Architect Cliff May (1909-1989) practiced in California and is best known for developing the suburban Post-war “dream home” known as the California Ranch House. He is credited with creating the California Ranch-style house in 1932. Interestingly enough, famous as he was, May never did formally register as a licensed architect.
Cliff May, over the course of his career, designed numerous commercial buildings, over eighteen-hundred custom residences, and from model house prototypes, more than eighteen thousand tract houses. May was not a purist in architectural style and design as he synthesized Spanish Colonial Revival architecture with abstracted California adobe ranchos and Mid-Century Modern architecture.
Cliff May died in 1989, at the age of eighty, at his estate “Mandalay” in Sullivan Canyon, in the foothills of the Santa Monica Mountains in Brentwood, California.
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Built in Sullivan Canyon in West Los Angeles in 1956, Cliff May designed Mandalay — his last personal home — as a one-story dwelling with wings projecting at right angles from a central spine. He covered the low-pitched roofs with pebbles from a California creek bed and, in two sections, cut skylights extending from one end of the roof to the other. He also extensively utilized glass walls, sliding glass windows, and indoor/outdoor planters — all design elements used in his “Experimental House.”
More importantly, May added a new concept to the idea of bringing the outdoors in. Not only did he use the same paving materials inside and out but also the same ceiling and wall materials. Wooden roof beams and rafters as well as board-and-batten and white-plastered walls extended both inside and out. Moreover, May included radiant heating in the patio terraces, and outdoor lighting matched the interior fixtures — a classic May touch used in other homes to make the outdoors feel as part of the indoors at night.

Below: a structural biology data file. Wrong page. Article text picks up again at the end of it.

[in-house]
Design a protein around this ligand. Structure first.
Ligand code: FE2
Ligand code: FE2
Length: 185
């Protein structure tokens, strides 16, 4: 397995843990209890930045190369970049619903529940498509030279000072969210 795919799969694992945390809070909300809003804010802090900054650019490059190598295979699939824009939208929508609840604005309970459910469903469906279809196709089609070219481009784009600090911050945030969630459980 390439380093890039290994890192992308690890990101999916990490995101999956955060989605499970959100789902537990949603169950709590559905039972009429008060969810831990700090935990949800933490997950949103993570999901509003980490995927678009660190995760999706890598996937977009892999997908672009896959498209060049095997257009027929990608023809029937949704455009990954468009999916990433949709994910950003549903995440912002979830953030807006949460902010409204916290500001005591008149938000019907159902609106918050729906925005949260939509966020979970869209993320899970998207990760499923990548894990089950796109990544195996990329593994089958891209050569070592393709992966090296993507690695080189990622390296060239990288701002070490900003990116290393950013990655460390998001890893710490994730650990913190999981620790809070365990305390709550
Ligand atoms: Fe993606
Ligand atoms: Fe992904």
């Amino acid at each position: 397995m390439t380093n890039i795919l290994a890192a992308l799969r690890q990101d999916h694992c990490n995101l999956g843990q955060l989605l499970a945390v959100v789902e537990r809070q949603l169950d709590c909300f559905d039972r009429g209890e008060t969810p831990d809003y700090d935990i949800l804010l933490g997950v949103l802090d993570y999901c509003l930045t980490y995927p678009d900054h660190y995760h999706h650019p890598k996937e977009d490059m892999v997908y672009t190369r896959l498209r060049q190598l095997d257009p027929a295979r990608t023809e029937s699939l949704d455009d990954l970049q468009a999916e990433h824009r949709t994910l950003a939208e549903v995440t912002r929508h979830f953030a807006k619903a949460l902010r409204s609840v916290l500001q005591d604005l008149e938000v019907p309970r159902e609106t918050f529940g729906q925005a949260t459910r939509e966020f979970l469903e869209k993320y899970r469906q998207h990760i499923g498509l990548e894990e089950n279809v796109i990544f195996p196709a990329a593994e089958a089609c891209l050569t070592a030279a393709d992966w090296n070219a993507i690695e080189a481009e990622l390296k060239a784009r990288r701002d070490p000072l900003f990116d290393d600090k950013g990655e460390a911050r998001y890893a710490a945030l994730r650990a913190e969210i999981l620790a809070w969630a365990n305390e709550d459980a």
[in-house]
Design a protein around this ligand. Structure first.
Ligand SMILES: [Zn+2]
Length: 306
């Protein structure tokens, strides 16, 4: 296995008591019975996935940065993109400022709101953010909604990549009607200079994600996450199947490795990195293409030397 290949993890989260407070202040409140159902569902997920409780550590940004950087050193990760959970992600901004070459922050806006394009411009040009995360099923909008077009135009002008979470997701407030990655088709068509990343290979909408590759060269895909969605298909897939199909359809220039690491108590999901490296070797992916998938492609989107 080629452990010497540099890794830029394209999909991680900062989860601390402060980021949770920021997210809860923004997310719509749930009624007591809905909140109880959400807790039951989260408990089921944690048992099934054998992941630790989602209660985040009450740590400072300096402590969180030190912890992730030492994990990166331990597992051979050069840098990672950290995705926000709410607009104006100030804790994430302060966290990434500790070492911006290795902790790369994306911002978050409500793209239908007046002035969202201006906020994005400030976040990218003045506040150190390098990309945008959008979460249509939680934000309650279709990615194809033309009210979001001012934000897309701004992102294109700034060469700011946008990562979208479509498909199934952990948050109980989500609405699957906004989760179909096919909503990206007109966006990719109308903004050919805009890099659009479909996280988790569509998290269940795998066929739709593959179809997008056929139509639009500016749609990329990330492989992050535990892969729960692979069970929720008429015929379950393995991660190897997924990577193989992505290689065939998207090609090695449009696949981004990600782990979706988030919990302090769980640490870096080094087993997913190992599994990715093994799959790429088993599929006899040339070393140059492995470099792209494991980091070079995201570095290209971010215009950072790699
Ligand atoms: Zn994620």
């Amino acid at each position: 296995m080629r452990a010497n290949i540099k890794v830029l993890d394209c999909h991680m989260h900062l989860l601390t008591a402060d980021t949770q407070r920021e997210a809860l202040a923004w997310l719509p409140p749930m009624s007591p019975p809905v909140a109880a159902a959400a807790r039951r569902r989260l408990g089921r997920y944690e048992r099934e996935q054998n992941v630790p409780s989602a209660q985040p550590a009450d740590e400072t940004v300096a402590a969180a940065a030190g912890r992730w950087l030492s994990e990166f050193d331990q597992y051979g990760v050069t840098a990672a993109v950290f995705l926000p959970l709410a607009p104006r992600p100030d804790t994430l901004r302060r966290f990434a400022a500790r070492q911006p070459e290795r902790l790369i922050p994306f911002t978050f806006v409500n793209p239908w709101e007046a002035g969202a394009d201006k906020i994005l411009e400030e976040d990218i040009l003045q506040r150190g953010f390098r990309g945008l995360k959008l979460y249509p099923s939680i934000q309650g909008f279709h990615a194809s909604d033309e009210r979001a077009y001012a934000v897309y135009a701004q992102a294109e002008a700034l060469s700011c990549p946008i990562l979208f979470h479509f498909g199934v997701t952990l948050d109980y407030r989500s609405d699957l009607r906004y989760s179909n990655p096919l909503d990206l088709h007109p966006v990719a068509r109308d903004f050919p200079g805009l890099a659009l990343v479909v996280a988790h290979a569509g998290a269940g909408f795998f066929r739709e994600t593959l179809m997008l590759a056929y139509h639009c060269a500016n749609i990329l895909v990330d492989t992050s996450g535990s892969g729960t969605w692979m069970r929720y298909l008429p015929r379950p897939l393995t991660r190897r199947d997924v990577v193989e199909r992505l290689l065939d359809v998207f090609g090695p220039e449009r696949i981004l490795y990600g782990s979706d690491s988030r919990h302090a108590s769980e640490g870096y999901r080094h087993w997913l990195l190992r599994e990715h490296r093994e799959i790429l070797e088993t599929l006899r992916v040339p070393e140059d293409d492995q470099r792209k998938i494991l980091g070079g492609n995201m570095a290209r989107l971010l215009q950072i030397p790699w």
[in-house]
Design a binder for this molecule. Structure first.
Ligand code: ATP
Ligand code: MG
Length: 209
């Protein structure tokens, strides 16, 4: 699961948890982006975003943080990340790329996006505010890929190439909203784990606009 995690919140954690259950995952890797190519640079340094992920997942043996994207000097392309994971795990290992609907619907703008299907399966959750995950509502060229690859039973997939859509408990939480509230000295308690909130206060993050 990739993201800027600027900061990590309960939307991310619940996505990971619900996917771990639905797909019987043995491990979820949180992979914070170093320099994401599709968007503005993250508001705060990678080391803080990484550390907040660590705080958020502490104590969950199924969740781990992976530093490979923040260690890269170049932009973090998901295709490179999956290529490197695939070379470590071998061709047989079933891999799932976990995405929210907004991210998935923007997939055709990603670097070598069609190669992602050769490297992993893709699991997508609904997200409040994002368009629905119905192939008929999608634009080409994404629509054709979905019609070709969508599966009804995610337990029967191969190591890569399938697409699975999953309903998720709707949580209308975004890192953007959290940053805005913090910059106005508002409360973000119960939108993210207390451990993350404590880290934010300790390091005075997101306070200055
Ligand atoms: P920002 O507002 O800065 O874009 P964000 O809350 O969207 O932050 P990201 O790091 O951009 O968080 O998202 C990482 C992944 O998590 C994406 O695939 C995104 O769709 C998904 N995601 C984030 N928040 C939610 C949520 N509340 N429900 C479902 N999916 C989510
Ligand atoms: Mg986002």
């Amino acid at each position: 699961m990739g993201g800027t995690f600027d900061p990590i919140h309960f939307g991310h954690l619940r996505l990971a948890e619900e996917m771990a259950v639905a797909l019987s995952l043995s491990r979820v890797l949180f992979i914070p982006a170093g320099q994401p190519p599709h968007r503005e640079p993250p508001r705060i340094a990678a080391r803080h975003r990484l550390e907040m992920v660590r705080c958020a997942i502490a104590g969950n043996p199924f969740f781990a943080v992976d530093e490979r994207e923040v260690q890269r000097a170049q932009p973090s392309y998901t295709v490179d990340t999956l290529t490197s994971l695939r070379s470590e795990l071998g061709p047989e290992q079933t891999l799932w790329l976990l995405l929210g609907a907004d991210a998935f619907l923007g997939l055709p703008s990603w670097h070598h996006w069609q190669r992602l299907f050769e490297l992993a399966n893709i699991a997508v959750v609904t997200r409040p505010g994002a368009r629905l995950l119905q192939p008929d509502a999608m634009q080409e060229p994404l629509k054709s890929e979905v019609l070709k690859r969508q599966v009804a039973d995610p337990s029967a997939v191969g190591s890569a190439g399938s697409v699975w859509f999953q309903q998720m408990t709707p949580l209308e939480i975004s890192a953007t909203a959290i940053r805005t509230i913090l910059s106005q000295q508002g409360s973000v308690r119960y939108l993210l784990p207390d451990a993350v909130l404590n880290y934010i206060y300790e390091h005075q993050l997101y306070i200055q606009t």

In arranging the rooms of the house, May combined open planning with private spaces for the family. A large house of 6,300 square feet, the entry, kitchen, and living, dining, and family rooms were one open area with no intervening doors. However, in creating spaces for the bedrooms, dressing rooms, and bathrooms, May built interior walls and doors to provide privacy.
What is most interesting about Mandalay was May’s ideas about the ranch style. Although May designed the house as an asymmetrical, one-story dwelling, the plan was complex, forming courtyards on both sides of the house rather than having the main courtyard in the center. The roof was low-pitched with wide overhanging eaves but covered with rock rather than wood shingles. May included board-and-batten as well as white-plastered walls but felt that he needed to give the house “a sophisticated touch of the Spanish past.” To achieve such an earthy, rustic look, he added Spanish, Mexican, and French architectural crafts and decorative elements: a sixteenth-century Gothic grille, historic doors, lighting fixtures, and wrought-iron door handles, and antiquated books.
Mandalay was demolished and replaced with a private housing complex (like too many other great architectural gems); only the gate house pictured at the top of this post survives.
Mandalay Estate Today
The original Mandalay home of Cliff May was demolished after his death and replaced with a contemporary estate home. Mandalay’s address is 2200 North Old Ranch Road, Los Angeles, CA and is still marked by the original rustically modern gatehouse. Enter the address into google maps and take a virtual drive up Old Ranch Road, quite beautifully lush with horse ranches and homes. At the end of the road stands the gatehouse with it’s original address marker that reads: “MANDALAY 2200.”
Beyond the gatehouse, the rustic and wildly lush country road evolves into a perfectly manicured landscape with perfectly paved and curbed private road leading to a 16,623 square foot single family home with 7 bedrooms and 10.0 bathrooms. It is your typical expansive, sprawling estate compound with every generic luxury your whim could muster, minus of course design pedigree and texture. Forever gone is Mandalay’s grace and composure.